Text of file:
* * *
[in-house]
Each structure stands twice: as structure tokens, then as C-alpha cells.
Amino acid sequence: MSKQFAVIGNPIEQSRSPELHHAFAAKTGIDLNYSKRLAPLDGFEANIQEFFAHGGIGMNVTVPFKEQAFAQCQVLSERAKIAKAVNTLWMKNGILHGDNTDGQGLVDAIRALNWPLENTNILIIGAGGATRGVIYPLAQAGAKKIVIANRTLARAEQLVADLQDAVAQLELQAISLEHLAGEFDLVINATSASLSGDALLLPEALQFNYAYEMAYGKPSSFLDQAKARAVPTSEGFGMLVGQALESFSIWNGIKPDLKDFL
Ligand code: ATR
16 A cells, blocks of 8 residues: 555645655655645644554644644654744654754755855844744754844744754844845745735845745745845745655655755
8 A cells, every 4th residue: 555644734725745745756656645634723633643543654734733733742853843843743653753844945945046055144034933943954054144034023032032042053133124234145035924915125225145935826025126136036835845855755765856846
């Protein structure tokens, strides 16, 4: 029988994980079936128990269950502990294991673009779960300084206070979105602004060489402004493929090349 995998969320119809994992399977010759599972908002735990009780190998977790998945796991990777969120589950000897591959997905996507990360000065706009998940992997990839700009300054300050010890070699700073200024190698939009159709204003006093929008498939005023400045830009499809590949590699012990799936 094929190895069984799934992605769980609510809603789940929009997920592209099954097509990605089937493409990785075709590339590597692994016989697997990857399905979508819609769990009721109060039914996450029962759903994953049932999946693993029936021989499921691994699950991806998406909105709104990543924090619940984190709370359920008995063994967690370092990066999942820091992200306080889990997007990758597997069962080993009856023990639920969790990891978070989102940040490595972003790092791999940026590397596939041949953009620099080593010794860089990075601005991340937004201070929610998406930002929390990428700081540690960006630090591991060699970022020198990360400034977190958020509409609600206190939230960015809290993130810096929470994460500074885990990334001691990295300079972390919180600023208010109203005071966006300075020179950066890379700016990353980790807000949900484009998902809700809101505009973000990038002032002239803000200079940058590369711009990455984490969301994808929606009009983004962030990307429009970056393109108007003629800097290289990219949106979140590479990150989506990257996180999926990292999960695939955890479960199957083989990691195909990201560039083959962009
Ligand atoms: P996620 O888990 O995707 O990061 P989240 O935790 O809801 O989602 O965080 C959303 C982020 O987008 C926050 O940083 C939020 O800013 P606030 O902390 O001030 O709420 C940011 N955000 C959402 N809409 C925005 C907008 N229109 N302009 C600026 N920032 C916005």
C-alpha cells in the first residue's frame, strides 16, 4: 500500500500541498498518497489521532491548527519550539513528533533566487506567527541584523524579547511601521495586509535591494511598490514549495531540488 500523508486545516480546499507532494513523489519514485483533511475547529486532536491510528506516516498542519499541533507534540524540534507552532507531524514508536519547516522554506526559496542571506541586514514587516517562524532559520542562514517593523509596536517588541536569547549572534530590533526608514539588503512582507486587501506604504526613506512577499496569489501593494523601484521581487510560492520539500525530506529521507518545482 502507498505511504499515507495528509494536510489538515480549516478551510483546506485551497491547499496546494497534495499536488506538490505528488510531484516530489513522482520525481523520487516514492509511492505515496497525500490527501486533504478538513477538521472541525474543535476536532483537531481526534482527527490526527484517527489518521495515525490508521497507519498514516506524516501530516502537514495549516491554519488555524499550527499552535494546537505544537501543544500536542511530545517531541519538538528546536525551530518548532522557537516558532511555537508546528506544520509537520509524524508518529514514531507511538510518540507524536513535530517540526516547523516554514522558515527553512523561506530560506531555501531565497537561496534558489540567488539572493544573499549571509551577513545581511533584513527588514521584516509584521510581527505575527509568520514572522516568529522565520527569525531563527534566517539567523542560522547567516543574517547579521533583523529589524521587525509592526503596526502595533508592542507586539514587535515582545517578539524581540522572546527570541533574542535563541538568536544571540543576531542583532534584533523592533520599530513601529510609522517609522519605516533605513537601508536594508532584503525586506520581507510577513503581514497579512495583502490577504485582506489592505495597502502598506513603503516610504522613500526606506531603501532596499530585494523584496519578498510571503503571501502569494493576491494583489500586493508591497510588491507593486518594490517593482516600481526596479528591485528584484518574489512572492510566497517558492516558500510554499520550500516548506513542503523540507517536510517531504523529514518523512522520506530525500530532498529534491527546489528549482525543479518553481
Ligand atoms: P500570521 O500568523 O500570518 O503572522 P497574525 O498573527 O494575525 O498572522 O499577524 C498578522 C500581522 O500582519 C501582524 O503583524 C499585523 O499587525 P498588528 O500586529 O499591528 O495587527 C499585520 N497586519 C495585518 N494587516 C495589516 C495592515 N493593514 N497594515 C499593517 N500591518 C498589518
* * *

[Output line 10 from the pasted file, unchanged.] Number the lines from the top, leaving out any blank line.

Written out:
Ligand atoms: P500570521 O500568523 O500570518 O503572522 P497574525 O498573527 O494575525 O498572522 O499577524 C498578522 C500581522 O500582519 C501582524 O503583524 C499585523 O499587525 P498588528 O500586529 O499591528 O495587527 C499585520 N497586519 C495585518 N494587516 C495589516 C495592515 N493593514 N497594515 C499593517 N500591518 C498589518